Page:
In addition to celebrating debut authors and their books in 2019, we will look back at some of our favorite recent debuts in a series of short interviews all about the debut experience.
Rachel Lyon is the cofounder of the monthly reading series Ditmas Lit, which she hosts in her native Brooklyn. She is a seasoned writer whose work has appeared in numerous publications who also teaches writing at Sackett Street Writers Workshop, Catapult, Slice, and elsewhere.
In 2018, she published her debut book Self-Portrait with Boy. The novel is a meditation on how a private tragedy can become public art. Set against the gentrification of 1990s Brooklyn, Lyon’s novel follows Lu Rile as she struggles to make it as a photographer. During a daily exercise where she takes a self-portrait, she catches a boy falling to his death. After forging a bond with the boy’s grieving mother, she struggles to decide whether or not to protect this tragic moment or use the photo to advance her career.
It’s a great honor that Rachel is the first debut author to discuss what it’s like to go through the debut process for Debutiful.
What is one thing (piece of advice, writing tip, life hack) you know now that you wish you knew when you first started your debut?
Oh boy. Well, I wasn’t entirely aware that I was starting a novel when I started my novel. In my experience, in the beginning, it was a pretty unconscious process. It took literal years of screwing around—writing a dozen pages here, a dozen pages there, without really knowing how they were connected—to get enough material together that I could finally start taking myself seriously. For years I was very much in the process—the manic, wild, haphazard, baffling process. And then, eventually, I realized I had maybe the first half of a novel on my hands, and dared myself to sprint to the end. Once I had a (very lopsided) final draft, I ended up scrapping it and rewriting the whole book, soup to nuts.
So I guess if I could go back to those often hopeless days, I’d reassure myself that eventually, the process would end, and that even though many of the words I put down would not end up in a book, they were necessary. But to be honest, I think I sort of knew that, back then. To be honest, from where I sit today, I feel like my current self would rather learn from my past self than give her advice. Now that Self-Portrait with Boy is out in the world, and I can think of myself as a novelist without being plagued by imposter syndrome, I really miss my past self’s free, unconscious way of writing. It didn’t feel productive but, in retrospect, it was. So, recently, I’ve been trying to keep in mind that only the smallest fraction of what I write, day-to-day, will ever end up published. The vast majority of what I produce will get drastically altered or thrown away. It’s useful to me to keep that in mind, because it reminds me not to be too precious with my words and paragraphs. To map out this forest, it’s necessary to stop and look at every tree.
After all the interviews you participated in since your debut was released, what is one thing you still want readers to know that may or may not have ever been asked?
I’ve actually been surprised that no one has asked much about my protagonist’s sexuality. For me, her sexual awakening is integral to her artistic awakening. I see her sexuality as so key to the story that when the book first came out I half expected, having written about a woman character whose sexuality is complicated, to be asked me about my own sexuality—which is complicated, too. But nobody did. I wonder if that is partly because most of the people who’ve interviewed me have been men, who probably feel that such a question would cross a boundary. I also wonder if it’s because they don’t really notice, or care—or maybe Lu’s sexuality seems like a secondary, less important element of the book. Whatever the case, I do hope that this book begs some kind of question for readers, as it did for me, about the relationship between artistic creation, success, and sex. If it doesn’t, hopefully my next book will.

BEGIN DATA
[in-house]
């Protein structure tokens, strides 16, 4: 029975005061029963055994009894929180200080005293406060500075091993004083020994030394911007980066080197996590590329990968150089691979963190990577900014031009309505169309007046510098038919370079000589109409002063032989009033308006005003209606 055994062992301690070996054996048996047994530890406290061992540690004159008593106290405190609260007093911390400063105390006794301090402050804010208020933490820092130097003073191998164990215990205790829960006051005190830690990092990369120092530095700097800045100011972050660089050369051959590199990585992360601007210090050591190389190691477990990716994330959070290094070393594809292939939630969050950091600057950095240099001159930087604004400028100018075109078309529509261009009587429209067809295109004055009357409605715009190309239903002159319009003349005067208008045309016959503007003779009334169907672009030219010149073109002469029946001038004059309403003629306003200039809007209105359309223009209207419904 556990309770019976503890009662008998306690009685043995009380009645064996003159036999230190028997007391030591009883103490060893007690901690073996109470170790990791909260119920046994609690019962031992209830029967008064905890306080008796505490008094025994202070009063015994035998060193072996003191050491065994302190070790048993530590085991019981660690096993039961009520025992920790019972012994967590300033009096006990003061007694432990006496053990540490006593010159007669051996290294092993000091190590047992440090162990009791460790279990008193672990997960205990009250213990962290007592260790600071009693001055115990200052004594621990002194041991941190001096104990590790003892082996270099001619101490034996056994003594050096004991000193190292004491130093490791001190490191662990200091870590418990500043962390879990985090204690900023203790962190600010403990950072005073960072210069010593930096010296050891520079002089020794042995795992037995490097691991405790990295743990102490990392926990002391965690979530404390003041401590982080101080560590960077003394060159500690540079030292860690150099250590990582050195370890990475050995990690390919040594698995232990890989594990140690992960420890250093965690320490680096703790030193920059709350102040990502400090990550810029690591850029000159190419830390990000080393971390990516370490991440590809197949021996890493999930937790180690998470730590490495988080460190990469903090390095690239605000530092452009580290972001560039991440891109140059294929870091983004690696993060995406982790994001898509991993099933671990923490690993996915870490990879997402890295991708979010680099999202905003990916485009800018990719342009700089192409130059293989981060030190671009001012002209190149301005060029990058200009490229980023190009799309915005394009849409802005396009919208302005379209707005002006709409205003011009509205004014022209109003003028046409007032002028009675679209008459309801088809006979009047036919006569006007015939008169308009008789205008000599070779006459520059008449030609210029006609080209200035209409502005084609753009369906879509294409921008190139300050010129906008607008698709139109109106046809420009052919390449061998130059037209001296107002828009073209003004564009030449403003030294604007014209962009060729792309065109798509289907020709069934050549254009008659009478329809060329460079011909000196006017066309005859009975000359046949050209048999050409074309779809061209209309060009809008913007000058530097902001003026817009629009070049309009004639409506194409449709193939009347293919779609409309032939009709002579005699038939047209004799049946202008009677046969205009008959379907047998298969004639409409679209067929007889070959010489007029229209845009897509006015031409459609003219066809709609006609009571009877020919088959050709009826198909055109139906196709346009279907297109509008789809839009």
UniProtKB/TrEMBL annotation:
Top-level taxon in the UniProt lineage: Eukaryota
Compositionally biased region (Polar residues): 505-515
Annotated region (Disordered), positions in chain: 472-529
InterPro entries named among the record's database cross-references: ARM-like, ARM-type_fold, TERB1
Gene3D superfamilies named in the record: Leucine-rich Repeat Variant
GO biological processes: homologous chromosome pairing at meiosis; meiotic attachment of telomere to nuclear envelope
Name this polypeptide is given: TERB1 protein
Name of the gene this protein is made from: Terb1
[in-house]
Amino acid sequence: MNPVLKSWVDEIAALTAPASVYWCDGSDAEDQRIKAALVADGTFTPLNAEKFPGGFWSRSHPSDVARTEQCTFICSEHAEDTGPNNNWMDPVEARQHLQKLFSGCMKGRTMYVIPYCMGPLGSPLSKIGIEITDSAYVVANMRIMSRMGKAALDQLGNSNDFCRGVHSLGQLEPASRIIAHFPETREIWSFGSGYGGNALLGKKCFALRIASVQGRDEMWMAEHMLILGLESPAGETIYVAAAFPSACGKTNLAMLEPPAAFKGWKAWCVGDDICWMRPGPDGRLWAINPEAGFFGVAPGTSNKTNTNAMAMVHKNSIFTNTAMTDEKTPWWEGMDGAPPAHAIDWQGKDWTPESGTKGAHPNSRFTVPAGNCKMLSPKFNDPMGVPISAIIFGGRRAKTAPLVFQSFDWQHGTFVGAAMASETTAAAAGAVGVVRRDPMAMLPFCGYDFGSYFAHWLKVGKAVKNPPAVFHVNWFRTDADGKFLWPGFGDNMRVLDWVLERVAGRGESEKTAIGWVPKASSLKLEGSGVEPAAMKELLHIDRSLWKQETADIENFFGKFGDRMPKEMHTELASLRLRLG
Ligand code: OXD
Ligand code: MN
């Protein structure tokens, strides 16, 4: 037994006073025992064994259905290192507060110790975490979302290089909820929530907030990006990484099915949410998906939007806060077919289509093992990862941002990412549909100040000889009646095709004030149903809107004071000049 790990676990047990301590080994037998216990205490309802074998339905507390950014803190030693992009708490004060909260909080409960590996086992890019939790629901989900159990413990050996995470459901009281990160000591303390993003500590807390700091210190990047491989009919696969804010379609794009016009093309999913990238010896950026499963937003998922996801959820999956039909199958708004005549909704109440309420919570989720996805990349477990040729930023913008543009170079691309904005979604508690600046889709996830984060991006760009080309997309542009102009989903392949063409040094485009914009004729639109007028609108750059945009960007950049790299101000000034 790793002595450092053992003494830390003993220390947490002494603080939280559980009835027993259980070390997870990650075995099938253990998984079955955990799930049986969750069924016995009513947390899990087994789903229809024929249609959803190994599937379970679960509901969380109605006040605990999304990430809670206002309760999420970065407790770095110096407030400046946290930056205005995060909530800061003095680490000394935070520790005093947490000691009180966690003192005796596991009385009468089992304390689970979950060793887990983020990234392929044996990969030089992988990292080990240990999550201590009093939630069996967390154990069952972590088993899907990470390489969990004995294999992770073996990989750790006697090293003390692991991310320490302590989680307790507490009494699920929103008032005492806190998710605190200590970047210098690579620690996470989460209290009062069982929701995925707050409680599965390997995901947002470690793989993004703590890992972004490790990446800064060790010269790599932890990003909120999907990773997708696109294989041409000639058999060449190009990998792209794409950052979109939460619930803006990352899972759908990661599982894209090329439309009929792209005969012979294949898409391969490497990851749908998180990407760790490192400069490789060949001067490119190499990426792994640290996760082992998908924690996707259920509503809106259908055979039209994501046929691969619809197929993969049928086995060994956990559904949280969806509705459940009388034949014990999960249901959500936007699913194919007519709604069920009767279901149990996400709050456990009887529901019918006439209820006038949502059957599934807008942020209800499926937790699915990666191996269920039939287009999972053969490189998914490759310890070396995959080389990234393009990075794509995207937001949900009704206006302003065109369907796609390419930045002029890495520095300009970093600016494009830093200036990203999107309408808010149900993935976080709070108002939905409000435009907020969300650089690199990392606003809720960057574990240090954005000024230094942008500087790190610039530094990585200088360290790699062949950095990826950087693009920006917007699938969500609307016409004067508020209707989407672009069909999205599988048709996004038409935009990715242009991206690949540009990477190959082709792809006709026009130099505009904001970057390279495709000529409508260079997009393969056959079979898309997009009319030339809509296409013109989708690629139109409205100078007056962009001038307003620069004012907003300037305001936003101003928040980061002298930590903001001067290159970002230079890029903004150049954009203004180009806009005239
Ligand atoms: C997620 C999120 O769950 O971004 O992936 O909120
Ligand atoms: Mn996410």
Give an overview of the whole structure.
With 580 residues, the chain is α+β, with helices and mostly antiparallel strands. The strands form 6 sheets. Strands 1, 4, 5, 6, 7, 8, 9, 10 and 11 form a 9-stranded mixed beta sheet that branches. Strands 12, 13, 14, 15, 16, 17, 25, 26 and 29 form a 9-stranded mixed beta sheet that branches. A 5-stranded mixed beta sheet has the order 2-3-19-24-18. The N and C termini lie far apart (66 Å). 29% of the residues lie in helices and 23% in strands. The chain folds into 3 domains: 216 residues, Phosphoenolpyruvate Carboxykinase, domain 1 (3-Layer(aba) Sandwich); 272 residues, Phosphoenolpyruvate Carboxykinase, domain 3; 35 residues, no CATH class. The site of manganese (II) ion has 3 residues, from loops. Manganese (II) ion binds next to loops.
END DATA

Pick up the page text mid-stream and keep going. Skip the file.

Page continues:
A debut is a beautiful thing, but from conversations with authors, the publicity and touring cycle really takes a toll on writing habits. Are you back into yours now? What’s that look like?
I’ve been having a little trouble! My goal is to write every day, but of course, too often, life gets in the way. When things are going the way I want them to go, I get up around 5:30 or 6 and write for an hour or two before I start my day. I like the early hours best for writing because my filters haven’t totally kicked in yet. I’m not awake enough to second-guess myself. There’s still a little dream-brain left, the eeriness of night. Also when I write first thing in the morning I invariably end up having a more productive day. In my experience, the imagination is like a cat. I have to feed it first thing, before dawn, if I want it to stay quiet and satisfied all day. If I ignore it, it harasses me all day, interrupting and getting underfoot when I’m trying to do other things.
Debuts are also stressful. What are some things you do outside of the literary world that help you destress or focus?
Oh, not a lot—or—a lot, but not well. I am a complete amateur at everything. I do yoga, but I fall down a lot. I cook, but only a very limited repertoire, mostly rice and beans and the occasional vegetable. I grow plants, but sometimes they die. I planted an avocado pit this year and the darn thing is growing into a tree! But right beside it, I’ve got this poor French lavender that’s been brown and brittle for years. I have no idea what’s wrong with it. I put it next to the avocado tree hoping maybe the avocado will inspire it, but I’m afraid it’s just become resentful.
Is there a debut in 2019 you’re excited for? What made it stand out?